Governments are still spending billions subsidizing oil, gas and coal. We need to #StopFundingFossils and start investing in the future.
OVERVIEW OF WORK
Since the Paris Agreement, G20 governments have continued to finance more than USD 77 billion dollars annually in fossil fuels through multilateral development banks (MDBs), bilateral development finance institutions (DFIs), and export credit agencies (ECAs). This is three times the support they provide to clean energy. Beyond providing this direct monetary backing, these institutions reduce perceived risk and provide a government stamp of approval on fossil fuel projects that often serves to crowd in private finance. While recently the level of fossil fuel support has started to drop, institutional policies to exclude fossil fuel finance are needed to ensure this progress continues.
While a number of public finance institutions committed to ending coal finance in the early 2010s, it wasn’t until 2017, following years of campaign pressure by Oil Change and others, that the World Bank made a meaningful commitment to stop financing for upstream oil and gas. Following an intense campaign effort, in 2019 the European Investment Bank committed to ending nearly all oil, gas and coal finance. Recently, the UK announced it would end overseas oil and gas finance, and the EU and US, among others, have signalled that they intend to follow suit. Building off these successes, OCI is now working to secure further commitments from governments and public finance institutions on ending public finance for fossil fuels.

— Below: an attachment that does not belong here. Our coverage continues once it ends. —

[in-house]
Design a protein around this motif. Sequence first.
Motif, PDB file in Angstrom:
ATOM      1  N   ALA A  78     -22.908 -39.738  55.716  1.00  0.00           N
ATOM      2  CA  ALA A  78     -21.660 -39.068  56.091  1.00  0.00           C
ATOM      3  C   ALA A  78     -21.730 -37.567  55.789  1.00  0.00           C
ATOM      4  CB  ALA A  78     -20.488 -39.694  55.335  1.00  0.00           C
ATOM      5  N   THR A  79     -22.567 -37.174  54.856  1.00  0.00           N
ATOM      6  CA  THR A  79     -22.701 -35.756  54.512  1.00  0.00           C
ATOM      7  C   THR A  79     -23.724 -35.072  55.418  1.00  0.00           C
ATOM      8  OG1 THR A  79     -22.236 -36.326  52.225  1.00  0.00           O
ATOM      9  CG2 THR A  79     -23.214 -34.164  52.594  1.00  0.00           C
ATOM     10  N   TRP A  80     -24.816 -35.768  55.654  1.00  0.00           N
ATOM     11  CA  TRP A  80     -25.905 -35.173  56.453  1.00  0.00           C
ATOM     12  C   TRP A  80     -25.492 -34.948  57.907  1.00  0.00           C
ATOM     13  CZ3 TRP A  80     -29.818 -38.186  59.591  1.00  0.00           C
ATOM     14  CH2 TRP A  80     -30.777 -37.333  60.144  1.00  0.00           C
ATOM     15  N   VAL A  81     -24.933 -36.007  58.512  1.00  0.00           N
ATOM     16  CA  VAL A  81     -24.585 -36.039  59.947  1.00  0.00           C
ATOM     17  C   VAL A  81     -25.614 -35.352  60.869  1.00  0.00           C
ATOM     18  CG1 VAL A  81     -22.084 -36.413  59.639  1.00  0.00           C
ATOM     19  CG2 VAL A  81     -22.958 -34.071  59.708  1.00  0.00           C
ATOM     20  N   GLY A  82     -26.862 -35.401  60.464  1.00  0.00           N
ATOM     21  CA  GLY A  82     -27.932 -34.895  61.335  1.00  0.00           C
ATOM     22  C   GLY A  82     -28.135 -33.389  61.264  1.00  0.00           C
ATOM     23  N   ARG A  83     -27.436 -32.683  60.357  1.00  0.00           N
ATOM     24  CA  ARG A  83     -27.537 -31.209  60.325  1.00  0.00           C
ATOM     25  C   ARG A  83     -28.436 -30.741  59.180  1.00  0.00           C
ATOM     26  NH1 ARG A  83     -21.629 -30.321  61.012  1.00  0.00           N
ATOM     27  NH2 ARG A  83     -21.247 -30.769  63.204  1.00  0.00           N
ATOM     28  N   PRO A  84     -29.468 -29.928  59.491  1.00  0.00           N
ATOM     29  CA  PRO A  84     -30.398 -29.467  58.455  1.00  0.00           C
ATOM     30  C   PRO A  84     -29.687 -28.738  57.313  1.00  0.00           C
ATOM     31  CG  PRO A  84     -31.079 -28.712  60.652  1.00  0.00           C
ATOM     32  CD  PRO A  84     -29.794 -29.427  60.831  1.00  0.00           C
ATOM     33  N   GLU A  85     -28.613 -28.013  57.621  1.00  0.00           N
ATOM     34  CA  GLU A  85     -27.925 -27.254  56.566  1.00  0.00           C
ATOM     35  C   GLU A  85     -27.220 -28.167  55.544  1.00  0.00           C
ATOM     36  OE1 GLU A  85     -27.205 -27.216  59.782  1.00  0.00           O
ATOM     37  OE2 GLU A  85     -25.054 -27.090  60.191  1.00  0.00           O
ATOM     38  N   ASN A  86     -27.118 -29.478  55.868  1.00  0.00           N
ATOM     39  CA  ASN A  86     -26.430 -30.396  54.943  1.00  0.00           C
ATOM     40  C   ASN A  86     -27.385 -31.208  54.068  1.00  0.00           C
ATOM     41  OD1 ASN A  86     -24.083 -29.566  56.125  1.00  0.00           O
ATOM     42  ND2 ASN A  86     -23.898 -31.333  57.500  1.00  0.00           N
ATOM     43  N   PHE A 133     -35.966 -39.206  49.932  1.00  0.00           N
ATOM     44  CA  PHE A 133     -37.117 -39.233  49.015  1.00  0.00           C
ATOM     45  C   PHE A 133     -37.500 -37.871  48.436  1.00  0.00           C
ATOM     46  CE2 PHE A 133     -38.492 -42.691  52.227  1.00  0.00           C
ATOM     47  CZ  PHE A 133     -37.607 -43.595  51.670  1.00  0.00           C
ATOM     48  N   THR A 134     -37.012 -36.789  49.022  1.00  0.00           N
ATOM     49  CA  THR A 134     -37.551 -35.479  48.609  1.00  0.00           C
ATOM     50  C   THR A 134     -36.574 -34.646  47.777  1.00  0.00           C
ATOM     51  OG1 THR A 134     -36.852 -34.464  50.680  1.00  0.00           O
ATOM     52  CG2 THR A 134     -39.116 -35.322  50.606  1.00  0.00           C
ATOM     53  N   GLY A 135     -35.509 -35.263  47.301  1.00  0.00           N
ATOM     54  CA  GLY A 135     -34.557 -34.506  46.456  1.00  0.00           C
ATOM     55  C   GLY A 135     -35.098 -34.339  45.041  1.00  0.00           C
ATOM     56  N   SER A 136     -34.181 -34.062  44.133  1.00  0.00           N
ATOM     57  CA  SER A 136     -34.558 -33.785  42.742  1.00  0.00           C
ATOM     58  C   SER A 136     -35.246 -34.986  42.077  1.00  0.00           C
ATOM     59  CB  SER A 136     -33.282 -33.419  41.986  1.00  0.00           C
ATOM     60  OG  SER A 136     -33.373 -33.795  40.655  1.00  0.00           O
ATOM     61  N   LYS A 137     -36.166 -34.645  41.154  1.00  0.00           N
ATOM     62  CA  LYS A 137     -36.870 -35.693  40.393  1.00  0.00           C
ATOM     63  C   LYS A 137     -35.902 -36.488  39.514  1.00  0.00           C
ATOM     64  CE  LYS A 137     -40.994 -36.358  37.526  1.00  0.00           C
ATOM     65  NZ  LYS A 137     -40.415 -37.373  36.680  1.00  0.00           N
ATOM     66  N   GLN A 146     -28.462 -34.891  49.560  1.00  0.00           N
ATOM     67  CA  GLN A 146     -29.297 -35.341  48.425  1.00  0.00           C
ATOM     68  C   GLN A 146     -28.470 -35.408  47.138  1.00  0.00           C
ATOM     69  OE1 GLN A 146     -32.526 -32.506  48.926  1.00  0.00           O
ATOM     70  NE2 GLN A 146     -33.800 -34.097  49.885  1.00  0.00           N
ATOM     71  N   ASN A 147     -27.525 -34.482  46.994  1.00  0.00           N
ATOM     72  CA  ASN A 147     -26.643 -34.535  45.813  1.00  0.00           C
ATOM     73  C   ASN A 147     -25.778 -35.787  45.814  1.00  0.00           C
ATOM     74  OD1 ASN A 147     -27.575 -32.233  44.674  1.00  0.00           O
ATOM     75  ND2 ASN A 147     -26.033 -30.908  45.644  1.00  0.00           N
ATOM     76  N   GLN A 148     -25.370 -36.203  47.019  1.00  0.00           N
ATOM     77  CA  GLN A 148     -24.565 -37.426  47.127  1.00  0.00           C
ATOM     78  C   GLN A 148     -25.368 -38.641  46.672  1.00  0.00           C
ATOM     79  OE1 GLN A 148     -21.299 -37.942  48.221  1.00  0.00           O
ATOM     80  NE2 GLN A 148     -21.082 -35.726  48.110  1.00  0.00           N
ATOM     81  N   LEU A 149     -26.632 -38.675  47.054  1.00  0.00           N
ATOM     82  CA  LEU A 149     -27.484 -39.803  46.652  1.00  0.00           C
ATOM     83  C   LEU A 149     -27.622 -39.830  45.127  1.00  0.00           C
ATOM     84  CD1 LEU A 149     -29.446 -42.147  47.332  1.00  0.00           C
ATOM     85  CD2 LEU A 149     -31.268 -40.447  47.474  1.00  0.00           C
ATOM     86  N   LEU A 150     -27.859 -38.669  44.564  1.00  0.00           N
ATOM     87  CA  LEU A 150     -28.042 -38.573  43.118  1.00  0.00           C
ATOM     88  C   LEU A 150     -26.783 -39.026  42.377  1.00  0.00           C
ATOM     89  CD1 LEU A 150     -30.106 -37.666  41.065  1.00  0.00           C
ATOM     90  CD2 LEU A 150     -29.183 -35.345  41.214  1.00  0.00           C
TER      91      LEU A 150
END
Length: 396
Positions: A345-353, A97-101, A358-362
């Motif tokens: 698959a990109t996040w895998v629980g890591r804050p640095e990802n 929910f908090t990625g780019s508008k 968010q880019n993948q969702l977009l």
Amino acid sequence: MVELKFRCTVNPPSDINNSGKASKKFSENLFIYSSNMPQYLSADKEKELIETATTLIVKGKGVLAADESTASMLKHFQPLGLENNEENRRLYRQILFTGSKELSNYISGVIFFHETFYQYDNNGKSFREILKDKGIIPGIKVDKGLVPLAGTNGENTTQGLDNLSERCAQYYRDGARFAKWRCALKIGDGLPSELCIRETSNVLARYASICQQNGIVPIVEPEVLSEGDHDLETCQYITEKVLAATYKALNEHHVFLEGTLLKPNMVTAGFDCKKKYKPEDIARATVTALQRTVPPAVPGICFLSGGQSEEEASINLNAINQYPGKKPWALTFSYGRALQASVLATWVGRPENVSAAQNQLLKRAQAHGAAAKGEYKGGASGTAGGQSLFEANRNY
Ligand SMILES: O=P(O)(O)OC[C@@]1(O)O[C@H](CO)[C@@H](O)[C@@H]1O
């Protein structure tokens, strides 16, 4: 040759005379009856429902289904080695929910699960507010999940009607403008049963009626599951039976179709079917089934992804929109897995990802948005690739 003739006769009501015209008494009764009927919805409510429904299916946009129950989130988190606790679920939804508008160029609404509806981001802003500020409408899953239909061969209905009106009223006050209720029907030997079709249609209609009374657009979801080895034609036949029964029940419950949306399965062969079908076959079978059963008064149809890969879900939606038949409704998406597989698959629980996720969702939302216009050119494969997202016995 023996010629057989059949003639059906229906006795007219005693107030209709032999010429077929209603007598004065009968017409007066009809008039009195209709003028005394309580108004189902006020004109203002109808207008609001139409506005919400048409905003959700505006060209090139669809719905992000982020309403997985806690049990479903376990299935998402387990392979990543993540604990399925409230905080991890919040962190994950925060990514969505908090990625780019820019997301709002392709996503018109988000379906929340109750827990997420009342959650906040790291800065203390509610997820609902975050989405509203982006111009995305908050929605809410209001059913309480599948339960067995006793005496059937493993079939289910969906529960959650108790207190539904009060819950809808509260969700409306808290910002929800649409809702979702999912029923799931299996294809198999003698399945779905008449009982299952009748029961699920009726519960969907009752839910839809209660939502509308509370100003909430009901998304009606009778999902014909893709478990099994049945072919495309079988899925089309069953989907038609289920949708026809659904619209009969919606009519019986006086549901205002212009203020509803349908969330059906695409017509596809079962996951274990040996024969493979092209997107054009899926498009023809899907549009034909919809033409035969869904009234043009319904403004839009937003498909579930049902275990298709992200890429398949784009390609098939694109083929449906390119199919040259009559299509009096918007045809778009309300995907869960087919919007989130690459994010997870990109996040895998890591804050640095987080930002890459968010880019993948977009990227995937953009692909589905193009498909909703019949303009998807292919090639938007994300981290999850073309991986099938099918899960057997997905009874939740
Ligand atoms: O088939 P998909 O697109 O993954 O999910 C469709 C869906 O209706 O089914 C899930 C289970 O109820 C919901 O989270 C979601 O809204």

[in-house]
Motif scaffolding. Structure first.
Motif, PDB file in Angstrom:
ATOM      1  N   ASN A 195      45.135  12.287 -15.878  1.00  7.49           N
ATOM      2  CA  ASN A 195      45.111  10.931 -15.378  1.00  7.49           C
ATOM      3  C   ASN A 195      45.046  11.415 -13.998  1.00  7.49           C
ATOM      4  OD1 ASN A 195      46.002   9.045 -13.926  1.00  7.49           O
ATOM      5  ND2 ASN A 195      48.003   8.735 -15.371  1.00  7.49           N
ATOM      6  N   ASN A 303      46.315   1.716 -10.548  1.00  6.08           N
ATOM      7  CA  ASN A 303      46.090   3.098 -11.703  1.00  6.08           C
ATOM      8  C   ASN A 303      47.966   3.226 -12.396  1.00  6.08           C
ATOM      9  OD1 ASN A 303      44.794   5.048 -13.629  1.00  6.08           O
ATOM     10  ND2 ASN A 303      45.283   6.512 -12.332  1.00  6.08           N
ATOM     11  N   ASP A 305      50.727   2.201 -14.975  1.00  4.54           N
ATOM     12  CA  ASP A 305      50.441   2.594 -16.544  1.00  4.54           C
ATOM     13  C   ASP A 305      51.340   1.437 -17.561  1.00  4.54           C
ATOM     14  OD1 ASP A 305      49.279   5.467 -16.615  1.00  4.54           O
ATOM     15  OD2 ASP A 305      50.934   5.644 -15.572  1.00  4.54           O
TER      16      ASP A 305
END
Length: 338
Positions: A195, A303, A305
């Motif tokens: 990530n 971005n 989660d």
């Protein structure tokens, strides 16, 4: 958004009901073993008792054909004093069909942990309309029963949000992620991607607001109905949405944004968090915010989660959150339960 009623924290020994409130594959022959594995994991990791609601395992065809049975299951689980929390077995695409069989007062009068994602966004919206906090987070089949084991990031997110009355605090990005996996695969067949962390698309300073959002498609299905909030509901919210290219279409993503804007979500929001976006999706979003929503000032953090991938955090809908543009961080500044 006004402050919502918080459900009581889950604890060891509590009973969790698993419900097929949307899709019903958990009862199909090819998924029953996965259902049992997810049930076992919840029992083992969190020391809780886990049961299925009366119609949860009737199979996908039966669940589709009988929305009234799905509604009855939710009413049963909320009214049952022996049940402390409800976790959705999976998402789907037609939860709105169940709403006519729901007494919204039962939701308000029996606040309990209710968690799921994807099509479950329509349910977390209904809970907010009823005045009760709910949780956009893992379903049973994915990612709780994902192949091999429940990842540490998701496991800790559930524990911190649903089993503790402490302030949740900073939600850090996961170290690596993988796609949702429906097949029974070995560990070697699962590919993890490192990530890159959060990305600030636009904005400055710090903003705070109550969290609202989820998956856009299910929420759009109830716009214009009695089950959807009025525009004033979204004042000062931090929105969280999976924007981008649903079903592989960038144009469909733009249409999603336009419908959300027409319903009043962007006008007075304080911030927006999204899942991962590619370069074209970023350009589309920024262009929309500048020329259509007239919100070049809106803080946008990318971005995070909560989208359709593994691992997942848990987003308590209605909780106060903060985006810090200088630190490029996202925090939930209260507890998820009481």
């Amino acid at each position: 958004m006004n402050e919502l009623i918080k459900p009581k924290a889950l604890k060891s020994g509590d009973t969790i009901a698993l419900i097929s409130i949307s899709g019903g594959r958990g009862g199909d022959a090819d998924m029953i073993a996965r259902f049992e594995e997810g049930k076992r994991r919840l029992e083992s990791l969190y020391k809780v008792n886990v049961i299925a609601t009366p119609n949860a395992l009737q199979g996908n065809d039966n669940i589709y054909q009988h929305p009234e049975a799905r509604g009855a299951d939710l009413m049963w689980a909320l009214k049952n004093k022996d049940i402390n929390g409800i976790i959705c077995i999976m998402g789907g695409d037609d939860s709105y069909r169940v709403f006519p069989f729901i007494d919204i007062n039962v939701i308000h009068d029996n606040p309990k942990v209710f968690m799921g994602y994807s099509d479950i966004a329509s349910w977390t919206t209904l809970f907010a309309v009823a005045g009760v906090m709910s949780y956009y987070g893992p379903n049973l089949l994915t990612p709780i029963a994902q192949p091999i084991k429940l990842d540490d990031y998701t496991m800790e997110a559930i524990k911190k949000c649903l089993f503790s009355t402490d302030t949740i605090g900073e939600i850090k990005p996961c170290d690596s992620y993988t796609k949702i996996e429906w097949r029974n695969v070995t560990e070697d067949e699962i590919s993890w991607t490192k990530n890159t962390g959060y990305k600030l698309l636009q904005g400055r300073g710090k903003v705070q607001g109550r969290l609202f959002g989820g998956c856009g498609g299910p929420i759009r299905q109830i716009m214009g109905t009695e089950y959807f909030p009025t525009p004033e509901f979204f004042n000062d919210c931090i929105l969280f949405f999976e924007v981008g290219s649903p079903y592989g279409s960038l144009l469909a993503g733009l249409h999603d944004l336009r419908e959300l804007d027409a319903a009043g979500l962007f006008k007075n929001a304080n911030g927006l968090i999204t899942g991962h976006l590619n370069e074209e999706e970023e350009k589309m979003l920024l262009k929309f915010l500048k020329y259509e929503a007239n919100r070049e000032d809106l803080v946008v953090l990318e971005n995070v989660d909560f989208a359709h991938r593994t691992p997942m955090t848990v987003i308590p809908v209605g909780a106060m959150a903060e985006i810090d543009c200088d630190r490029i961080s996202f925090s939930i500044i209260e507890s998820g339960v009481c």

LATEST PROGRAM POSTS
Australia has joined a major international initiative to end international public finance for fossil fuels at an event held at the UK Government Pavilion today at COP28. Australia follows Norway, who also joined the initiative on Saturday.
Today 222 civil society groups from 55 countries sent an open letter calling on world leaders to transform international public finance to tackle climate change and deliver a just energy transition.
Minutes ago, Norway joined a major international initiative to end international public finance for fossil fuels today at COP28, called the Clean Energy Transition Partnership.
Over 250 organizations from 30 countries call on governments to support fellow OECD members' efforts to end oil and gas export finance at OECD meeting on 6 November 2023.
LATEST PROGRAM RESEARCH
A new report shows how multilateral development banks, including the World Bank, gave over $9 billion in funding for fossil fuel projects in 2016, nearly all of it following the Paris Agreement being reached and despite claims that they were acting on climate and adjusting their investment strategies.
Each year, G20 countries provide nearly four times more public finance to fossil fuels than to clean energy. In total, public fossil fuel financing from G20 countries averaged some $71.8 billion per year, for a total of $215.3 billion in sweetheart deals for oil, gas, and coal over the 2013-2015 timeframe covered by the report. Fifty percent of all G20 public finance for energy supported oil and gas production alone.
Risk guarantees and credit enhancement programs that subsidize coal-fired power plants could cost the Government of Indonesia and Indonesian ratepayers as much as tens of trillions of rupiah – many billions of U.S. dollars – over the coming decade.